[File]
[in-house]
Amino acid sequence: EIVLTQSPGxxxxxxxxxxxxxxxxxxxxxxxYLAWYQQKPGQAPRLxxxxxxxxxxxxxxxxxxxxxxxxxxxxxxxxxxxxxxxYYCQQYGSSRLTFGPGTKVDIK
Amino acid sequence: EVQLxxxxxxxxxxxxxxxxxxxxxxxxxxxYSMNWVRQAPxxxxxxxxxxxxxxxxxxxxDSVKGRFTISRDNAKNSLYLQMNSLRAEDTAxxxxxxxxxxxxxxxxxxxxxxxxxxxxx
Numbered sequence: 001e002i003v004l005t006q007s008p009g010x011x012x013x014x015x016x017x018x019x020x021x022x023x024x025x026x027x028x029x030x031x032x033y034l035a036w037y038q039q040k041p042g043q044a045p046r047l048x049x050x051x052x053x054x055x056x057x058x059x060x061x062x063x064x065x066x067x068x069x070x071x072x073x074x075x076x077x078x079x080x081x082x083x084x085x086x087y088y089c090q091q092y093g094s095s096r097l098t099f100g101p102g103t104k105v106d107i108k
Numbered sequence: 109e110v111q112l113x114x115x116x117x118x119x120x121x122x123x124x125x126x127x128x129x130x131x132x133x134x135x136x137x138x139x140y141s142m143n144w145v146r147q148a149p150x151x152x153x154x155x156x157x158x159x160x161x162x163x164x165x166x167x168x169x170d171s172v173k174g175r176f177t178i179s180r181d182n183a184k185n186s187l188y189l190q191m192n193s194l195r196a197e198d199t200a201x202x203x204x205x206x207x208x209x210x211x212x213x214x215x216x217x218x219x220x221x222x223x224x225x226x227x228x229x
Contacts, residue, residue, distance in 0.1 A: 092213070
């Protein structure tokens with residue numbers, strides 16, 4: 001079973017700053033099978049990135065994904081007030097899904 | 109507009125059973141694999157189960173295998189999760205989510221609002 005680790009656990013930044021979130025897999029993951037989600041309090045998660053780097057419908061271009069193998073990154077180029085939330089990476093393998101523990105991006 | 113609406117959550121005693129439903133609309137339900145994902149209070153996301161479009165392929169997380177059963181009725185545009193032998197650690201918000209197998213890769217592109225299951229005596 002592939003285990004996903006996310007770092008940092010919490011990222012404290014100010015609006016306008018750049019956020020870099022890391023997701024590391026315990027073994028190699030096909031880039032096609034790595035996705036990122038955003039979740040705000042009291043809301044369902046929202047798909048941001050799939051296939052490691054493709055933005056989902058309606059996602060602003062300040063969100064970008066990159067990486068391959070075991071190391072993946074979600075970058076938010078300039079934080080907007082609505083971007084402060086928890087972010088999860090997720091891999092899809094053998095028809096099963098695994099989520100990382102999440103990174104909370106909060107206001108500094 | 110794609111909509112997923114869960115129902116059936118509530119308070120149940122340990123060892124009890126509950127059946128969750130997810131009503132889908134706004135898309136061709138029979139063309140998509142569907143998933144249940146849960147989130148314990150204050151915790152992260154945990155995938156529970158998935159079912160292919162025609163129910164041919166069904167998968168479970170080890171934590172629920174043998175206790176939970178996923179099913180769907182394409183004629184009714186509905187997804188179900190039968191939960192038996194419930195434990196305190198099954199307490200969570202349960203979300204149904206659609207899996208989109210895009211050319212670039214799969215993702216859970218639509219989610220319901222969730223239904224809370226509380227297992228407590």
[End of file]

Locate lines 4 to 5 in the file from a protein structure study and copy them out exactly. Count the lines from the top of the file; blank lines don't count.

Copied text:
Numbered sequence: 001e002i003v004l005t006q007s008p009g010x011x012x013x014x015x016x017x018x019x020x021x022x023x024x025x026x027x028x029x030x031x032x033y034l035a036w037y038q039q040k041p042g043q044a045p046r047l048x049x050x051x052x053x054x055x056x057x058x059x060x061x062x063x064x065x066x067x068x069x070x071x072x073x074x075x076x077x078x079x080x081x082x083x084x085x086x087y088y089c090q091q092y093g094s095s096r097l098t099f100g101p102g103t104k105v106d107i108k
Numbered sequence: 109e110v111q112l113x114x115x116x117x118x119x120x121x122x123x124x125x126x127x128x129x130x131x132x133x134x135x136x137x138x139x140y141s142m143n144w145v146r147q148a149p150x151x152x153x154x155x156x157x158x159x160x161x162x163x164x165x166x167x168x169x170d171s172v173k174g175r176f177t178i179s180r181d182n183a184k185n186s187l188y189l190q191m192n193s194l195r196a197e198d199t200a201x202x203x204x205x206x207x208x209x210x211x212x213x214x215x216x217x218x219x220x221x222x223x224x225x226x227x228x229x